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"Andes, Donald" <[log in to unmask]> wrote:    ***NO ONE has the funds, the storage space, or the ability.

  Agreed!
  
***Therefore, I believe we would all benefit from a intellectual well
rounded discussion about prioritizing assets without drifting too far off on tangents.
   
  Yes, but I still wonder how much recorded history is valued. I suppose asking this group for answers is a bit like preaching to the choir. However, for example, I recall a story of a few years ago when a fire destroyed much of a German archive. There was substantive coverage of the story in the press. Even some major governmental sources pointed to the tragic situation. There were statements like, "it is a tragic loss...items that were priceless were lost...etc." Yet, from what I read, the fire was caused by some faulty electrical connections. I had this vision of some poor curator who didn't have enough money to get the wiring in his building repaired...but yet it seemed that the press pointed to the "priceless" value of what was lost. For me, there seemed to a disconnect there. It seems that society says it "values" history, but yet, to what extent, and why? 
   
  We might place some "value" on an object because the market might place a value on the antique, yet I wonder if the societal value is generally limited to the "object" value.
   
  I guess my question is, how does one market the value of history. You can say that its value is obvious, but if one looks at the money that is assigned to its preservation, it really isn't valued much by society. While I frequently point to what I see as inefficiencies in things like bibliographic control, I know of no archive that is adequately funded.

***When contemplating criteria for assessing an assets "worth" I came up with these:

***Historical - Does this represent it's age/time period in a special or unique way?
Cultural - Does this speak to/of a cultural group?
Personal - Am I personally interested in this asset or what it
represents?
Unique - Is this asset a 1 of 1 or 1 (like a painting) of 1,000,000
(like a commercial pop CD)?
Conditional - Is this an exceptionally fine example or is it impossible to playback because of damage? 
Value - Is this thing worth money for what it is? And how much in a reasonable market (i.e. Ebay)
Exploitability - Differs from value, in that there may be revenue
streams generated from the material, if there are minimal legalities/barriers for repurposing.

***(Obviously the list is inverted for corporate Archives, as mine.)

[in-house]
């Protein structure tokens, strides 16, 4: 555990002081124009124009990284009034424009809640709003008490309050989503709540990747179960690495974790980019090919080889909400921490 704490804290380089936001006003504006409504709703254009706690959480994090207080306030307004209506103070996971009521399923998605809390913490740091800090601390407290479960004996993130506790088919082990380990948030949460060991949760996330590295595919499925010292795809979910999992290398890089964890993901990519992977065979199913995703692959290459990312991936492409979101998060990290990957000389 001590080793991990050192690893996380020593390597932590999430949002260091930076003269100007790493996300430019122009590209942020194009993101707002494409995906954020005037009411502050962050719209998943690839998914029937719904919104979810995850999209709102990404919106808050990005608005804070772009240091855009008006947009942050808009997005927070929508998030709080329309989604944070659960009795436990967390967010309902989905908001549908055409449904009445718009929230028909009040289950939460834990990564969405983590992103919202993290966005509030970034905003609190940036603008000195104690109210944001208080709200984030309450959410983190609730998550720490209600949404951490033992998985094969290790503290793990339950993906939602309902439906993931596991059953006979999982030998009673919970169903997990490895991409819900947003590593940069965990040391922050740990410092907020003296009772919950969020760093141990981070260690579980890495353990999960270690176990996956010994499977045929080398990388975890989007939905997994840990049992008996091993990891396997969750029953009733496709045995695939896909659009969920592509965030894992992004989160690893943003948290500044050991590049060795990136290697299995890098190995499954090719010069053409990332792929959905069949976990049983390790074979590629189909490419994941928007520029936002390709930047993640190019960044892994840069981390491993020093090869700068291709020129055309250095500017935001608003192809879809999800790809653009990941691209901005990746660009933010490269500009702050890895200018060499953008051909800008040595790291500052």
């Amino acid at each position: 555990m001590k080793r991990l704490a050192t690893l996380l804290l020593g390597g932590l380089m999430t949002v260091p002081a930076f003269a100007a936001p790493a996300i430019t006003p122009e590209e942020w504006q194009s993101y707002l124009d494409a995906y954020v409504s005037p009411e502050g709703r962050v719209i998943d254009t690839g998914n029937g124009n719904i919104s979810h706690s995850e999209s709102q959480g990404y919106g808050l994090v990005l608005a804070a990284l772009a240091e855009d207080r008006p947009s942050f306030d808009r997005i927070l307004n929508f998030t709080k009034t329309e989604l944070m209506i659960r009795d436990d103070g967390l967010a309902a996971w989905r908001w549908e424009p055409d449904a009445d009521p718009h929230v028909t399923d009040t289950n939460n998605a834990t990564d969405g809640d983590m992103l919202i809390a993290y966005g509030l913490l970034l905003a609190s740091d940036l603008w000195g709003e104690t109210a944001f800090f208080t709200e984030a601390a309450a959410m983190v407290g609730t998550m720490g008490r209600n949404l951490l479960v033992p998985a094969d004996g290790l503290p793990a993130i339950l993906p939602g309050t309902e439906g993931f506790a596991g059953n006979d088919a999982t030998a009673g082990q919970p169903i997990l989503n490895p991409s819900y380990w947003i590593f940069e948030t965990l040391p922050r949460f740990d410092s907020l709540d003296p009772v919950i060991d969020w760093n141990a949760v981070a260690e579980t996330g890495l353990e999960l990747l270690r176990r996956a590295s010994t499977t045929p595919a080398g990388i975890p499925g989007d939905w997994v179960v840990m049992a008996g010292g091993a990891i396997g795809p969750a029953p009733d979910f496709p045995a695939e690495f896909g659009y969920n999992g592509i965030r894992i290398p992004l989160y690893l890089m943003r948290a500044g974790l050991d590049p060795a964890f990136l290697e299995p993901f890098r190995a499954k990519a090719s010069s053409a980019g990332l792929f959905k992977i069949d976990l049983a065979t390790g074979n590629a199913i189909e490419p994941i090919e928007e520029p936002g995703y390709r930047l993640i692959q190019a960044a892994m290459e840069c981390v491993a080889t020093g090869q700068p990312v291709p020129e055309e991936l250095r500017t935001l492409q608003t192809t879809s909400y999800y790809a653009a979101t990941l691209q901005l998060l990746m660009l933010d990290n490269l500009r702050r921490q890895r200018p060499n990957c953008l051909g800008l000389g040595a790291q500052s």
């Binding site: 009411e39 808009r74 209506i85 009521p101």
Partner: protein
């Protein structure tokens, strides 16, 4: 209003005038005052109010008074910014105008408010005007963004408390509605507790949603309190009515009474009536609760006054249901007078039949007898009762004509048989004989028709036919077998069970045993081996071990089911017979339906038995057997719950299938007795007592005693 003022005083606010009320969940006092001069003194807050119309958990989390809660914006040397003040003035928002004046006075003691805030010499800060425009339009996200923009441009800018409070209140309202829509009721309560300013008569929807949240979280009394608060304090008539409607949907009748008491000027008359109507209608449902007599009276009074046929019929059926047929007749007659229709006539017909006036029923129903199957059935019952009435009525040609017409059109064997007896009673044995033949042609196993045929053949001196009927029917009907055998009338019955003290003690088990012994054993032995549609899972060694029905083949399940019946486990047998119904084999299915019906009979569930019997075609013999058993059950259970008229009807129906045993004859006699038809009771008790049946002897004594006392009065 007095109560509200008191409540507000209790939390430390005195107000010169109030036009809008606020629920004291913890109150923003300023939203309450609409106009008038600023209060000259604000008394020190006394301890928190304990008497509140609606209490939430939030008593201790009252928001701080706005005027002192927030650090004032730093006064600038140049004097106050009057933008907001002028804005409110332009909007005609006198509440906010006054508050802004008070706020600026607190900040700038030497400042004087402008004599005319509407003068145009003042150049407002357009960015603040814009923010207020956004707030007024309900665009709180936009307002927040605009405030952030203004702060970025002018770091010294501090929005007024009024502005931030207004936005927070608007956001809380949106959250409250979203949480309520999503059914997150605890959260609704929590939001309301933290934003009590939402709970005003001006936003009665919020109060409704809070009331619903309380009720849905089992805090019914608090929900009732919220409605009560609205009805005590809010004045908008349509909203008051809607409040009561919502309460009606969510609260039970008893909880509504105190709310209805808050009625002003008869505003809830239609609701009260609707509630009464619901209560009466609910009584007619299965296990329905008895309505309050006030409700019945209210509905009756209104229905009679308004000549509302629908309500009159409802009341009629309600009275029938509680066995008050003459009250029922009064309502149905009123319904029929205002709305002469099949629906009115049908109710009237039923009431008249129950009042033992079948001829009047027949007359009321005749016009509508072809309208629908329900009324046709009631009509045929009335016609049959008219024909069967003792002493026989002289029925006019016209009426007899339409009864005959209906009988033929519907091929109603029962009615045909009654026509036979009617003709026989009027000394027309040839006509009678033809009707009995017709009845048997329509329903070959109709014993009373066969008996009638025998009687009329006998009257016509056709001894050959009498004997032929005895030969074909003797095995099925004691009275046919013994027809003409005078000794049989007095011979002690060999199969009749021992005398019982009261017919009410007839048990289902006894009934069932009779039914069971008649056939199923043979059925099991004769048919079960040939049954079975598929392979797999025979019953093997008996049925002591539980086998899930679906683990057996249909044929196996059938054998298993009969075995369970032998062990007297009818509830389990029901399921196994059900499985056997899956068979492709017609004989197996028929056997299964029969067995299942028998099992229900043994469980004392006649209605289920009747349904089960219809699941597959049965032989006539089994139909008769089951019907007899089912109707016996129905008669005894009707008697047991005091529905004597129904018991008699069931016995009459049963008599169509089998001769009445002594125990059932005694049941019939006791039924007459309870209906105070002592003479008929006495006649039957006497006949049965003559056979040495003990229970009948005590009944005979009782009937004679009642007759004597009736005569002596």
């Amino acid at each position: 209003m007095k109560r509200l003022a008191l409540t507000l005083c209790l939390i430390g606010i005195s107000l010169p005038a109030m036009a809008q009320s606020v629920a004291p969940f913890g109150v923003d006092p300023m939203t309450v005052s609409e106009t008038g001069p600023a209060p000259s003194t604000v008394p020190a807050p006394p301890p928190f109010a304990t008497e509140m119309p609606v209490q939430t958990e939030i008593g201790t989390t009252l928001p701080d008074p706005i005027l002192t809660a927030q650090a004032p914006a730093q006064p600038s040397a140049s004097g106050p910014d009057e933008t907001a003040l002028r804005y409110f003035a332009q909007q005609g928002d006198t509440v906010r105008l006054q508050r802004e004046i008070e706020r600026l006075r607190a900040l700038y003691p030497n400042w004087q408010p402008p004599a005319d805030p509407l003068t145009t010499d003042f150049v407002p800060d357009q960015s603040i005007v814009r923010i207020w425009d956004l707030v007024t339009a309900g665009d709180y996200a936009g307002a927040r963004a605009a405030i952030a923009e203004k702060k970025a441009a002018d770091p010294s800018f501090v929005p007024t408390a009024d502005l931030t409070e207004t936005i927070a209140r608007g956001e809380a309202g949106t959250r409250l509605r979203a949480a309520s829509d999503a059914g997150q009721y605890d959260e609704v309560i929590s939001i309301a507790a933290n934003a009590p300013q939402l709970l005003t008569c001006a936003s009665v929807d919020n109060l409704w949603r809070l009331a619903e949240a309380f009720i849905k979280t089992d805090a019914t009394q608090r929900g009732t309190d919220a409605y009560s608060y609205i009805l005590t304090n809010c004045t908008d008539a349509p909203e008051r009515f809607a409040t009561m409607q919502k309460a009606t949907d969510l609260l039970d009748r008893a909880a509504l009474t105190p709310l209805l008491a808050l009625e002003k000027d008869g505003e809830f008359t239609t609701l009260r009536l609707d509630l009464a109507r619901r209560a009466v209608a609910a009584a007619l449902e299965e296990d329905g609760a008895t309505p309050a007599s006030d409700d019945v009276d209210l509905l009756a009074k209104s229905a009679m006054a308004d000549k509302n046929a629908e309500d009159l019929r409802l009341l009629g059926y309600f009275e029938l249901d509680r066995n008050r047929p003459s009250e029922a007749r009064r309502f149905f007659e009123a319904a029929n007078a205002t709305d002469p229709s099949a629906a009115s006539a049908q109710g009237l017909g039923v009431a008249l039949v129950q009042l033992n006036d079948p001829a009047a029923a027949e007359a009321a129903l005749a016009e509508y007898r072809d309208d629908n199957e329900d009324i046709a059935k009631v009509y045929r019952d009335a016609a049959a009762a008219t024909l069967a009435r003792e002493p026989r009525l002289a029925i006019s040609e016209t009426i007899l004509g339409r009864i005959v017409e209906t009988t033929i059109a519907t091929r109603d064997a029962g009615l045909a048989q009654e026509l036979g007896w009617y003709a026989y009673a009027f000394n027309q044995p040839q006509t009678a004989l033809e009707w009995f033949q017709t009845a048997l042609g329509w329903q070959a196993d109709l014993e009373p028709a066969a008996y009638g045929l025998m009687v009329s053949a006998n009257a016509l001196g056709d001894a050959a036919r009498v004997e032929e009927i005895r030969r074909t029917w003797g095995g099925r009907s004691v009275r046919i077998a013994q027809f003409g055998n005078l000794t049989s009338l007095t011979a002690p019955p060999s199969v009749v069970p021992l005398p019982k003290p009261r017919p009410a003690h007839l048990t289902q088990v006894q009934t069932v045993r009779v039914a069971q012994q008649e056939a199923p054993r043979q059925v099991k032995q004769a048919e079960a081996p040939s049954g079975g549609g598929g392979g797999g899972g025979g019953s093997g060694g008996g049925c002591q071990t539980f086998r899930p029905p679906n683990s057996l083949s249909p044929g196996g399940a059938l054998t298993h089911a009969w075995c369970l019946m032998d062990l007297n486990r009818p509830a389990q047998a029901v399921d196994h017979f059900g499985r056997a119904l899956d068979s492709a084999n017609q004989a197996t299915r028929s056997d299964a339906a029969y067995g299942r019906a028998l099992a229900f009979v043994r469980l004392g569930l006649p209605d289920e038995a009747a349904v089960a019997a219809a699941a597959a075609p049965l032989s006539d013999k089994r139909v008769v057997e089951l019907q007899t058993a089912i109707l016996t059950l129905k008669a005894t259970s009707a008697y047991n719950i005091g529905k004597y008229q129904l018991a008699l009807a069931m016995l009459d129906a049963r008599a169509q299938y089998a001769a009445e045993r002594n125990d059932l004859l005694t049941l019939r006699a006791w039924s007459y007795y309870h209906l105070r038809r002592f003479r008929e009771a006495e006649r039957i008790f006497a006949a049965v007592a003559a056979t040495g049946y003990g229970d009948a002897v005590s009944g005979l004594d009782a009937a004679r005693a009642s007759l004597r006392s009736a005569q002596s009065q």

And what background and training is appropriate for someone to be in a position to make the most informed decisions based upon these criteria? Some of these considerations can be somewhat quantifiable. Even the notion of a potential market can be subject to the public tastes for any given point in time. Certainly historic worth and uniqueness within a genre are concepts that are difficult to quantify, especially since, it would seem, that we have not had much luck in agreeing upon what the value of history is to a society.
   
  The cultural implications also interest me a great deal. A fellow I know has an interest in jazz musicians who came from Mexico and settled in California. So who, besides this researcher I know, collected this material. So, consider if he gets an article published on the subject and people want to hear the music. Aside from all of the legal questions, who else will have preserved these recordings? 

  ***I'm not trying to reinvent the wheel here so if someone knows of an accepted method that libraries/archives are currently using please let me know.

I have observed libraries/archives with preservation criteria predicated on "what will sell," what someone or some agency is willing to support, personal interests of a curator, a perceived ability to attract press and, related to same, the sense that it will attract donations, etc. It seems to me that only in rare circumstances is there a  preservation program based upon any well-considered or informed approach which places it emphasis on historical significance. Of course, that is perhaps the most difficult criteria of all, especially since libraries/archives are often personed by those with no subject expertise and/or knowlege of the body of recorded sound.
   
  Even amongst scholar, how does one decide.  For example, I think of the first performances of some classical works. Roy Harris made extensive changes to some of his works after the first performances. I have copies of broadcast performances of three different versions of his 7th and 5th Symphonies. Are these of equal value to the one broadcast performance Toscanini gave of Roy's 3rd Symphony? How about a recording of Koussevitzky rehearsing the 3rd Symphony? What about the inhouse recording made of a Koussevitzky live performance? What about a performance I have of Copland conducting  the work with the Hungarian State Orchestra. How would one prioritize those recordings?
   
  Karl